Maintaining your marriage during a move

*This is a guest post from September 21, 2016 for Oz Moving and Storage

Moving is considered to be one of the most stressful life events and can put a tremendous strain on relationships. In the following article, I’ll discuss some of the major causes of stress on relationships with respect to moving, and some corresponding tips and solutions.

A theme referred to often on Love After Kids is the common mistake that couples make when they put their relationships on the back burner to focus solely on the needs of their children. This eats away at the relationship’s foundation, making it harder and harder to sustain.

The first thing that you need to do is make sure that you (the couple) are in consistent communication throughout the process. That doesn’t mean that you are going to agree on everything, but at least you will know what you disagree about.

Nancy Zafrani, General Manager at Oz Moving & Storage, observed that “Most [moving] problems are the result of miscommunication. This particularly occurs when only one spouse is present for the move and there has been miscommunication about what the other can expect.”

Do not assume that your partner knows what you are thinking and how you feel. This happens all the time in relationships, but the results tend to be much more problematic when it comes to dealing with stressful events like moving.

If only one of you meets with the movers to make the arrangements, you’re opening up a lot of possibilities for miscommunication concerning what was discussed prior to the move. Issues such as payment, insurance, your roles, and/or dealing with your building if you live in an apartment and placement of furniture can become confusing.

If you start the process as a team, working on it together and committing to staying in consistent communication throughout, you’ll be way ahead of the game. ​ For more info on improving communication in your relationship, read my article on How to Communicate Effectively.

There are factors that will make it challenging to feel like you’re starting on the same team. For example, if you’re moving because of a job opportunity for one member of the couple and the other doesn’t want to move, or if you’re moving to be closer to one family and/or moving further away from another family.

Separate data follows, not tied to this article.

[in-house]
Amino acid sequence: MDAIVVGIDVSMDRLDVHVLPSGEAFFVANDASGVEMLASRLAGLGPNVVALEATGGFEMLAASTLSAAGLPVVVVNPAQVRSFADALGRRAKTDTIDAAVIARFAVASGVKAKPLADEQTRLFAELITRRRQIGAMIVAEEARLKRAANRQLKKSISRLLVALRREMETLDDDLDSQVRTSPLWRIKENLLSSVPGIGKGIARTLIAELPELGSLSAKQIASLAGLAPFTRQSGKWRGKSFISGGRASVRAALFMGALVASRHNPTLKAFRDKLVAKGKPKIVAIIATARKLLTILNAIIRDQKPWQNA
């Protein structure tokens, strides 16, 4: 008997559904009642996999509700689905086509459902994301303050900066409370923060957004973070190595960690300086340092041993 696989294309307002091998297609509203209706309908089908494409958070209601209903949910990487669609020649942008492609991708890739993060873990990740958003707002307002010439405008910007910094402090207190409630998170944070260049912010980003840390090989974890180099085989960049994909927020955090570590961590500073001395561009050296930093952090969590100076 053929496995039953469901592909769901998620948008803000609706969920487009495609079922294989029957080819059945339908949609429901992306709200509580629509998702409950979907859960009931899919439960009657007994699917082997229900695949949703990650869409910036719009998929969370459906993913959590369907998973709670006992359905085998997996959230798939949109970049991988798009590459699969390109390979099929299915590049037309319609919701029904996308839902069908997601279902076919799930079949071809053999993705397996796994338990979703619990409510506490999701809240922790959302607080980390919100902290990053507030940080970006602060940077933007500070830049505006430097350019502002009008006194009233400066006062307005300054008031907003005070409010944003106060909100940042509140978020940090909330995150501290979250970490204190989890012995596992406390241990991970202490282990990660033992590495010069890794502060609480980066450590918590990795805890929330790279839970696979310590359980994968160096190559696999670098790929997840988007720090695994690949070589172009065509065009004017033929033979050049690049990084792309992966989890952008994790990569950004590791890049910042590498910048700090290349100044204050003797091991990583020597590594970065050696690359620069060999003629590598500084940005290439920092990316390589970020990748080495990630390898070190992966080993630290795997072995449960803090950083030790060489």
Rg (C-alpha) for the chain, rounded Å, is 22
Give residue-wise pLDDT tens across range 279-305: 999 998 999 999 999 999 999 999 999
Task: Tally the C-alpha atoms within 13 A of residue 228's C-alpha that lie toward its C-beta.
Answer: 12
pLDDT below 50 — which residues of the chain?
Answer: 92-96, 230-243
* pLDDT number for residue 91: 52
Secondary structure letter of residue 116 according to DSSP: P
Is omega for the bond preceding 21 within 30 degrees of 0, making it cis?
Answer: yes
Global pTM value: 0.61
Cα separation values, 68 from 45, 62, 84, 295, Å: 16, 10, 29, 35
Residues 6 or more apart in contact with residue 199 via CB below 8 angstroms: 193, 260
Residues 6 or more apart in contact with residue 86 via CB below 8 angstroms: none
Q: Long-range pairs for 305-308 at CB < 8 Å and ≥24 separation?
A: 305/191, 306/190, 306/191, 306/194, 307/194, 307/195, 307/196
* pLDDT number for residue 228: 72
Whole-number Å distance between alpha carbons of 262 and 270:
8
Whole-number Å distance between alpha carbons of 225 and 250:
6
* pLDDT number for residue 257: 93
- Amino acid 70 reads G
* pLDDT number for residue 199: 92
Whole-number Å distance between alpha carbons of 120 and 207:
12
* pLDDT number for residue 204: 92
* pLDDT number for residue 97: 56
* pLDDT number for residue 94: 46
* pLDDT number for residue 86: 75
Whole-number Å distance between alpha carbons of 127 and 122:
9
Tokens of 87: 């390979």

These are issues that need to be addressed for the sake of your relationship. If there is underlying resentment that is not being talked about, it will almost inevitably surface during the move when things become more stressful.

Again, the goal here is not that you will have everything resolved and tied into a neat bow by the time you move. You should however at least have the issues on the table and be talking about them. ​ Managing a move is like dealing with a toddler that demands a lot of attention. Don’t split your resources when move time arrives. Get sitters or family to be with your kids if at all possible so that you can both be there to oversee the move.

Your move is not just a toddler that demands attention; it is a child that demands a tremendous amount of time, energy and physical effort. Moving is a big expense and this can be its own cause of strain on relationships, but trying to do a big move on your own, especially when you have kids, can turn into a comedy of errors.

Having moved with kids from London, to New York, to Lima, back to New York, and then to Austin, I’ve got some solid experience with this process. I know how stressful it is and for me one of the biggest ways to mitigate the stress is to outsource and get as much help and support as possible so that my wife and I can stay sane enough to be there for our kids. Couples should consult the support of a moving company like Oz Moving & Storage to help them handle all the most stressful parts of their move.

Having help and support in place when your belongings arrive at your new home is just as important. There’s also the possibility that something valuable gets damaged in transit. It may be something that is of great sentimental value to one member of the couple but not to the other. This can be another source of strain if you don’t feel like you’re working together and on the same team.

Finally, don’t underestimate how important it is to acknowledge each other’s efforts. Thank each other for the little things and don’t take anything for granted. It is easy when we get stressed to lose sight of the little things, but it is simultaneously one of the biggest buffers against stress.

Remember, like every stressful event, this too shall pass. Be patient with yourselves and with each other. Communicate, appreciate and delegate and you’ll get through it in one piece. Good luck!

David B. Younger, Ph.D is the creator of Love After Kids, for couples that have grown apart since having children. He is a clinical psychologist and couples therapist with a web-based private practice, and lives in Austin, Texas with his wife, 11 year-old son, 2 year-old daughter and 4 year-old toy poodle.

*This post was originally published on 9/21/16 on the Love After Kids blog and on the Oz Moving and Storage blog.


Originally published at www.huffingtonpost.com on September 21, 2016.